The titanium compound used should be in finely powdered form. Although it is preferred to use commercial pigment grade titanium dioxide, any titanium compound which will oxidize or decompose to form titanium dioxide can also be used, such as titanium carbide. This material can also be either purchased commercially or made by conventional methods. The titanium carbide or titanium dioxide powder is applied to the coil, preferably in slurry form. This can be done with a brush, needle, pin, spatula, wire loop, wooden stick, toothpick, etc. And while the titanium carbide or titanium dioxide can be applied alone, it is preferably applied with an inorganic binder. The use of the binder provides the obvious advantage of better adhesion of the titanium carbide or titanium oxide to the wire. The preferred binder is aluminum nitrate but any inorganic binder which is ultimately stable at the temperatures the sensors will reach, can be used, such as sodium silicate for example. If a platnium catalyst is being used, the binder should be ultimately stable at temperatures of the order of 600° C.-900° C., paladium at 400° C.-700° C., etc. By ultimately stable is meant unchanging in form at such temperature. For example, the aluminum nitrate is ultimately stable as aluminum oxide at such temperature, the sodium silicate is ultimately stable as dehydrated sodium silicate etc. While a binder is not necessary, practically it is important to prevent chipping and flaking of the TiO2 coating.
Once applied, the slurry can be dried by either external heating, or by resistance heating, simply by passing electric current through the filament. At this time if TiO2 is not used as the starting material the titanium compound is oxidized and becomes essentially titanium dioxide. If the titanium compound or titanium dioxide is mixed with a binder such as aluminum nitrate or other inorganic material, the binder is generally present in amounts of about 2% to about 10% by weight in its final ultimately stable heat treated form (e.g. Al2 O3 for aluminum nitrate), based on weight of TiO2 plus binder. Sufficient carrier (e.g. water) is present in the slurry to allow the slurry to be easily applied to the filament or glass bead encased filament with a coating tool such as described above.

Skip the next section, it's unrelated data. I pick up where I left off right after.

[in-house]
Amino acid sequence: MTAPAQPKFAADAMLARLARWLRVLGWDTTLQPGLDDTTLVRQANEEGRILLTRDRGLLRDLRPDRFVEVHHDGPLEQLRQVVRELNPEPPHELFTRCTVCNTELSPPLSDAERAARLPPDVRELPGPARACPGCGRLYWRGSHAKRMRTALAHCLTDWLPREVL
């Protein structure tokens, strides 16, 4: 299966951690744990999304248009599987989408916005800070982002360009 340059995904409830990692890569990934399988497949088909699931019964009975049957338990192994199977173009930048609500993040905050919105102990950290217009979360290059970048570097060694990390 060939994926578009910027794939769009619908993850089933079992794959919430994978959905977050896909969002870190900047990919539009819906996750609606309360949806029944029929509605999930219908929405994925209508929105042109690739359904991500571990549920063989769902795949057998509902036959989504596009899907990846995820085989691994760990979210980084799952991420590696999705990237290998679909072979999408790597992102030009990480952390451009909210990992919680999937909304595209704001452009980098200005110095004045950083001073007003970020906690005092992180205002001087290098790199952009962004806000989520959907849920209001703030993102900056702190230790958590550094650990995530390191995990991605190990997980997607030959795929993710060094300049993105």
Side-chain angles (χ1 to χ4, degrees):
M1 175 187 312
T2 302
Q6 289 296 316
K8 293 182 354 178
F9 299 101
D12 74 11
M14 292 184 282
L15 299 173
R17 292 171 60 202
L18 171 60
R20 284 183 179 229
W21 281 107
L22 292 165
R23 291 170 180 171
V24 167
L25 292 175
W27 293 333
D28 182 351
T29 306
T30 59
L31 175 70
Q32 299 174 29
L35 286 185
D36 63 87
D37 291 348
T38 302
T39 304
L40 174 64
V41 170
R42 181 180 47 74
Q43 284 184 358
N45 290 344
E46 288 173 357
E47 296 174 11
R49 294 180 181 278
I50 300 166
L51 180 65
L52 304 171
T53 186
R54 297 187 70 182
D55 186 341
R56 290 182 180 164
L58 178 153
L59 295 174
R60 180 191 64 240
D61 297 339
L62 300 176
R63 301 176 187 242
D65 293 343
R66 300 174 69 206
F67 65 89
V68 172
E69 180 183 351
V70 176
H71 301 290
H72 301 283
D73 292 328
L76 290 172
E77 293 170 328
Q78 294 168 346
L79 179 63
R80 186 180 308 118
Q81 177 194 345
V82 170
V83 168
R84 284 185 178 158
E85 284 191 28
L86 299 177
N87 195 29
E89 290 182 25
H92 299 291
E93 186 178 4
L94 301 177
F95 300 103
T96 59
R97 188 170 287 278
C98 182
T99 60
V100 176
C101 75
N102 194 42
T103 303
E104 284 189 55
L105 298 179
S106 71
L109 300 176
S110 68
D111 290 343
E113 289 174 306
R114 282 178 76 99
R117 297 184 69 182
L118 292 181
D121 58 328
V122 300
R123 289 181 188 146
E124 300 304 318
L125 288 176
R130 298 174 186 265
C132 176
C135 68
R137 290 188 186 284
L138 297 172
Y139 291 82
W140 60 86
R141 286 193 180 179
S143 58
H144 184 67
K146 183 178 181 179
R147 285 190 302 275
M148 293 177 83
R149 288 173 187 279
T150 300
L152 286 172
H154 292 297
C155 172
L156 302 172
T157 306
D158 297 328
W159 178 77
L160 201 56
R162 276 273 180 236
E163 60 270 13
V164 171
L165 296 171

One gram of titanium carbide powder of -325 mesh is placed in a 10 ml vial. 20 drops of an aqueous solution of 40% by weight aluminum nitrate is added to the titanium carbide. The mixture is stirred to form a uniform slurry. Several turns of a coil of platinum-iridium alloy having a wire diameter of one mil are coated with sufficient alumina to prevent shorting. A slurry of glycerine and powdered glass (Corning 1715) is applied to completely encase the coil, which is then resistance heated to dry and melt and form a protective glass bead. To this bead is applied several coats of the titanium carbide slurry which are also dried and bonded. The entire element is then heated until an essentially steady state crystalline form of TiO2 is attained, as detected, for example, by an essentially zero-draft test response of the element in air. Typically this occurs within about 48 to about 200 hours. The voltages and times for resistance heating are conventional in this art and are determined by the size of the wire or coil, amount and type of coating material applied and projected operating of the sensor. A typical, thus coated coil is shown in FIG. 1 where 1 is the coil, 2 is the glass bead and 3 the TiO2 coating.